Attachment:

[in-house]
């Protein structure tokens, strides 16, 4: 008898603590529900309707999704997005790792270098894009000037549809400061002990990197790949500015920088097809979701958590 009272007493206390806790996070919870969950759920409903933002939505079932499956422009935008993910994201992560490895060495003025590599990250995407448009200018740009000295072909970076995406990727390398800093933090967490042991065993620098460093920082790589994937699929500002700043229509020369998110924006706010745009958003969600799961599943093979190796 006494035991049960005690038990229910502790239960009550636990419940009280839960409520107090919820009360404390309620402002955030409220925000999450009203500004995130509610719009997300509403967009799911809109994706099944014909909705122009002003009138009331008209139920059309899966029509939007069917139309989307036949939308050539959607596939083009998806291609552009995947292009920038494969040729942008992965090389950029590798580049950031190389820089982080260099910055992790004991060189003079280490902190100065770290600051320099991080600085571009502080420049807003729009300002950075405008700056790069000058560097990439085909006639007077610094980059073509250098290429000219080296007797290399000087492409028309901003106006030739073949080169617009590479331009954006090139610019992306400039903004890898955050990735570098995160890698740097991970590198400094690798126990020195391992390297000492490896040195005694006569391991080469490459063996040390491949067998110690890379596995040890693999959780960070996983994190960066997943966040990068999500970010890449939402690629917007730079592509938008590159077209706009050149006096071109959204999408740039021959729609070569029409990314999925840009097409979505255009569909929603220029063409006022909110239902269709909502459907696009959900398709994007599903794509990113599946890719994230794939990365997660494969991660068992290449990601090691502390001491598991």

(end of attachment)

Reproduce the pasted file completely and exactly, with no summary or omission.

[in-house]
């Protein structure tokens, strides 16, 4: 008898603590529900309707999704997005790792270098894009000037549809400061002990990197790949500015920088097809979701958590 009272007493206390806790996070919870969950759920409903933002939505079932499956422009935008993910994201992560490895060495003025590599990250995407448009200018740009000295072909970076995406990727390398800093933090967490042991065993620098460093920082790589994937699929500002700043229509020369998110924006706010745009958003969600799961599943093979190796 006494035991049960005690038990229910502790239960009550636990419940009280839960409520107090919820009360404390309620402002955030409220925000999450009203500004995130509610719009997300509403967009799911809109994706099944014909909705122009002003009138009331008209139920059309899966029509939007069917139309989307036949939308050539959607596939083009998806291609552009995947292009920038494969040729942008992965090389950029590798580049950031190389820089982080260099910055992790004991060189003079280490902190100065770290600051320099991080600085571009502080420049807003729009300002950075405008700056790069000058560097990439085909006639007077610094980059073509250098290429000219080296007797290399000087492409028309901003106006030739073949080169617009590479331009954006090139610019992306400039903004890898955050990735570098995160890698740097991970590198400094690798126990020195391992390297000492490896040195005694006569391991080469490459063996040390491949067998110690890379596995040890693999959780960070996983994190960066997943966040990068999500970010890449939402690629917007730079592509938008590159077209706009050149006096071109959204999408740039021959729609070569029409990314999925840009097409979505255009569909929603220029063409006022909110239902269709909502459907696009959900398709994007599903794509990113599946890719994230794939990365997660494969991660068992290449990601090691502390001491598991």